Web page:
Microbiologist Salary in South Africa

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Over the last few decades, microbiologists have become more popular. Microbiology is a very important aspect of our society today which is why there is a high demand for microbiologists all over.

If you are in South Africa and want to become a microbiologist, then you picked out the right article. We will not only discuss how much microbiologists in South Africa earn, but we will also dive into how to become one.

Microbiologist Salary in South Africa

Who is a microbiologist?

It is important that before we talk about how much a microbiologist earns, we know who they are. Firstly, microbiology is a study that focuses on microscopic life which includes microorganisms and every other microscopic particle that interacts with living things. In essence, this study covers fungi, bacteria, viruses, algae, and prions to mention a few.

A microbiologist is a person who studies all of the above. This means that scientist studies different microorganisms and how they affect life causes diseases, and damage the environment. A microbiologist also invests time in studying different non-living pathogens like prions and viruses and their characteristics.

To achieve this, the scientist makes use of complex techniques and machinery in conjunction with genetics and biotechnology. The services of microbiologists are required in many fields. For example, in environmental science, microbiologists help in fighting climate change and many other environmental challenges.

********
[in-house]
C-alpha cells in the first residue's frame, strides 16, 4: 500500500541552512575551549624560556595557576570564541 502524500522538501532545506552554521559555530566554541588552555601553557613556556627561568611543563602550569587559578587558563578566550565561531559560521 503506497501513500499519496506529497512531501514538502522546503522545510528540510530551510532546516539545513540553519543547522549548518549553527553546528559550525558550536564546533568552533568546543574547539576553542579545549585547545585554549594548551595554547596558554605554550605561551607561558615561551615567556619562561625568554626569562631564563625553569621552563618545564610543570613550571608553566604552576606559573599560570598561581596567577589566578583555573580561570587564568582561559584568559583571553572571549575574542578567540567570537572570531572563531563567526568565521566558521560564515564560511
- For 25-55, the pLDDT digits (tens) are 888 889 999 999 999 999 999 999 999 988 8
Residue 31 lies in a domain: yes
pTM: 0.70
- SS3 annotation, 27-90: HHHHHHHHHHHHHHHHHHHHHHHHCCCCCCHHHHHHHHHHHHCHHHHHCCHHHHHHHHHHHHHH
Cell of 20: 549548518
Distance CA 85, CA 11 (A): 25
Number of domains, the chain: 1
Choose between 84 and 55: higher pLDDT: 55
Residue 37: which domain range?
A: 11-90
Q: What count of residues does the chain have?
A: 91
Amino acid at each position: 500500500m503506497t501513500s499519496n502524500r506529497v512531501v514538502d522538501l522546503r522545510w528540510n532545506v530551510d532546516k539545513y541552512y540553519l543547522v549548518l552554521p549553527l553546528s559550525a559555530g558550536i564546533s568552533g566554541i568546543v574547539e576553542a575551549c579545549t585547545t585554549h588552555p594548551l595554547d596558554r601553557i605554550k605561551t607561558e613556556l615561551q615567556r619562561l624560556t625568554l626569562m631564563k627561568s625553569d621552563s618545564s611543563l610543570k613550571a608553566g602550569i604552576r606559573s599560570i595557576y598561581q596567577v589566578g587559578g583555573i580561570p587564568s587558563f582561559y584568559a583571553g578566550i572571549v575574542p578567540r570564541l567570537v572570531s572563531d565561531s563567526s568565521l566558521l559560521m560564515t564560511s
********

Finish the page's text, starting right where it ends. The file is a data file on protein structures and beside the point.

Microbiologists have a lot on their hands so if you are thinking of becoming one, then you must be ready.

Where can a microbiologist work?

This is one very important question that many young individuals ask in South Africa today. The most common places where we find microbiologists are clinical laboratories and hospitals. Here they are saddled with the responsibility of analyzing samples collected from patients. To do this, they have to examine the different samples, tissues, and body fluids before providing reports to doctors.

Other microbiologists are employed by certain organizations to work in the field. In this case, they are required to collect samples, bring them back to the lab, study and analyze them, and provide reports. You will see so many microbiologists employed in different industries that put them at risk of more hazards than hospitals. As you will expect, these microbiologists earn a lot more, an example is those that work in oil and gas.

Some microbiologists are really educated and are interested in academics. These ones work as lecturers and professors in higher institutions of learning. Asides from lecturing, they also carry out a lot of experiments and analyses after which they publish their results to educate others. It is also not strange to see microbiologists working across a couple of sectors.

Responsibilities of microbiologists

Generally, a microbiologist is interested to study the structure, uses, functions, and existence of microscopic organisms. These include phages, viruses, and bacteria. Here are some of the common responsibilities of microbiologists:

  • Review existing scientific literature as well as journals to keep up with current advancements in the sector.
  • Carry out quality control measures on biological indicators.
  • Carry out validation studies.